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Anchored by Jake Tapper, The Lead airs at 4 p.m. ET on CNN.

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April 1st, 2013
06:18 PM ET

If North Korea's rhetoric escalates to war, it would be the last on the Korean peninsula

His people are starving, his economy is a mess, so what is North Korean leader Kim Jong Un's new plan for success? He is declaring all out war with South Korea, talking about beefing up his nuclear arsenal, and calling the United States names, like "boiled pumpkin."

The defense department is calling this nothing more than "war-mongering rhetoric." But National Security officials behind closed doors may think this is something more serious.

If I were representing the administration, said Richard Haass, president of the Council on Foreign Relations, I would pass the message privately to China and North Korea "that if this escalates to a war, this will be the last war on the Korean peninsula, because the United States would not stop until all of Korea is unified under the south."

Haass said Kim's war of words is most likely just rhetoric, with "probably a 10% chance that it is not."

That is why B-2 aircraft and U.S. ships are headed to the region, added Haass, to signal North Koreans and the Chinese that the U.S. takes the threats seriously.

The North Korean leader is messing with a superpower, leaking images of his attack plan, and essentially picking on the biggest kid on the playground. Last week on "The Lead with Jake Tapper," former defense secretary William Cohen said any North Korean shelling of South Korea would bring a vigorous response from the U.S., and ultimately lead to the north's destruction.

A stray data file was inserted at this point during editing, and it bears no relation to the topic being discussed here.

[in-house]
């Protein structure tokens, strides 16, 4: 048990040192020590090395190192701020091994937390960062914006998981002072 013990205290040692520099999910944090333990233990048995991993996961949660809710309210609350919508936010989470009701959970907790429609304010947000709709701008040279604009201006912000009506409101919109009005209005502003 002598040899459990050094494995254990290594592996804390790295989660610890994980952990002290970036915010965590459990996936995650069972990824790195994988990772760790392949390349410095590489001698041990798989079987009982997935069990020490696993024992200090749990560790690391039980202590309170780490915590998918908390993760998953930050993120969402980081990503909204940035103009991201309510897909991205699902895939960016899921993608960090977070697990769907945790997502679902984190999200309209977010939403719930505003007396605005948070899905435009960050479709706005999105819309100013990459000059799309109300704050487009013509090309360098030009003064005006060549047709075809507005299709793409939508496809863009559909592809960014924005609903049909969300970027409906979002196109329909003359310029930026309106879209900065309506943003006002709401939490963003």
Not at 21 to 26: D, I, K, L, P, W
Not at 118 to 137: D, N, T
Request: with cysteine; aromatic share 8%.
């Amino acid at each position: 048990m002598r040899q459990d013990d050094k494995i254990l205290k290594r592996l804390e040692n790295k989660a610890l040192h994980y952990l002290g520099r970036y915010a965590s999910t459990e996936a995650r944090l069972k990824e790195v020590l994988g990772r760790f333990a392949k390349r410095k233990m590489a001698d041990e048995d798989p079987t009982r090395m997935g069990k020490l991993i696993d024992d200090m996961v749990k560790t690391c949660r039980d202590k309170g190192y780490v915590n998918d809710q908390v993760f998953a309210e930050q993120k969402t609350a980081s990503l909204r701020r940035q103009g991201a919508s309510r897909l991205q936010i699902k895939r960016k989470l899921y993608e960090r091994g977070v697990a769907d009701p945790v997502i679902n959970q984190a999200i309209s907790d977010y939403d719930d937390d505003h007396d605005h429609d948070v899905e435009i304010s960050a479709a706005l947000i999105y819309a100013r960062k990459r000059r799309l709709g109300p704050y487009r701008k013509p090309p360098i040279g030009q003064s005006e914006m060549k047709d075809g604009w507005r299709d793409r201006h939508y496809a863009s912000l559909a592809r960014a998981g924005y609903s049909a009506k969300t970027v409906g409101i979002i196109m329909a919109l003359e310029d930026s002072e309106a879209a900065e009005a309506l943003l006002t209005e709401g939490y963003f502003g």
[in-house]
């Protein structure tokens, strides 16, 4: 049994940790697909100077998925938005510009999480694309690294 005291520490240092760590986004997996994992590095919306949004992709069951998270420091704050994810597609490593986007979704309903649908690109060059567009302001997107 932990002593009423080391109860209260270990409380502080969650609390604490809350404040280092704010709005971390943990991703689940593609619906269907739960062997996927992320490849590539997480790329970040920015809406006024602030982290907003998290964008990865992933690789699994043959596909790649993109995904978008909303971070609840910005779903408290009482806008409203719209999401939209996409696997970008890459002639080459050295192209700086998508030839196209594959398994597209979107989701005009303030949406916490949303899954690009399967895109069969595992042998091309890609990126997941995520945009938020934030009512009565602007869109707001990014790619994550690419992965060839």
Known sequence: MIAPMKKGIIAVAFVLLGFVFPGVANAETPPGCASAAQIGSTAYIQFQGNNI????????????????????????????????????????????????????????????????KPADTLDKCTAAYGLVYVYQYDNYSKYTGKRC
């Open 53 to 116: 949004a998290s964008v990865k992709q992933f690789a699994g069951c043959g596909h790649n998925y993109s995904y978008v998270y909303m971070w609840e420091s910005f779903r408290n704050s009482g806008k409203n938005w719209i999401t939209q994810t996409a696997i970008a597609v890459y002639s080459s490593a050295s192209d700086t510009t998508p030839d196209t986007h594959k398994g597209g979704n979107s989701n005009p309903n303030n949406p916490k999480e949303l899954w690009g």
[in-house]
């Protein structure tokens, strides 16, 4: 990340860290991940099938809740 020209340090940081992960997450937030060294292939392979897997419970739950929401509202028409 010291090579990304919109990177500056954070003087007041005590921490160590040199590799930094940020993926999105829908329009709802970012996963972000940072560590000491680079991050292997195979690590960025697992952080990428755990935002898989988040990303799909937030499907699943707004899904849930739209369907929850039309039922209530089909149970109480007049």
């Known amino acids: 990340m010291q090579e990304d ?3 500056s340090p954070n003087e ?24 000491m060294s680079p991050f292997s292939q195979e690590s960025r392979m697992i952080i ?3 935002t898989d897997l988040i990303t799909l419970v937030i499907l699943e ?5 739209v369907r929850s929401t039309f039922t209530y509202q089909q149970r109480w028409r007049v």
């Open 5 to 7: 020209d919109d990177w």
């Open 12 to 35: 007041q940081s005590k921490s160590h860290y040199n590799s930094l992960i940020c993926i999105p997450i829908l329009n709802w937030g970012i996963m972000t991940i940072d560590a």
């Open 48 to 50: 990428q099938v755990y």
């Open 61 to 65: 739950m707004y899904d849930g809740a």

Kim "is trying to consolidate his position," said Haass. "He has four stars on his shoulder but that doesn't make you a serious general... He's trying to gain attention, gain strength at home."

The problem facing Kim is deciding when he can declare victory, said Haass. Can the young leader get away with rhetoric, or will he need to do something more? If it is the latter, South Korea will retaliate, leading to an escalating situation that would involve the United States.

Echoing something that has been said by several experts, Haass said China needs to step up.

"Probably two-thirds of the fuel and goods transiting in and out of North Korea go across Chinese territory," said Haass. "If suddenly the border guards, and customs officials developed a case of the flu, and the border were shut down for a couple days, I think North Korea would get the message loud and clear."

China is key in this situation.

"What happens in Beijing is at least as important, if not more important right now, than what happens in Pyongyang."

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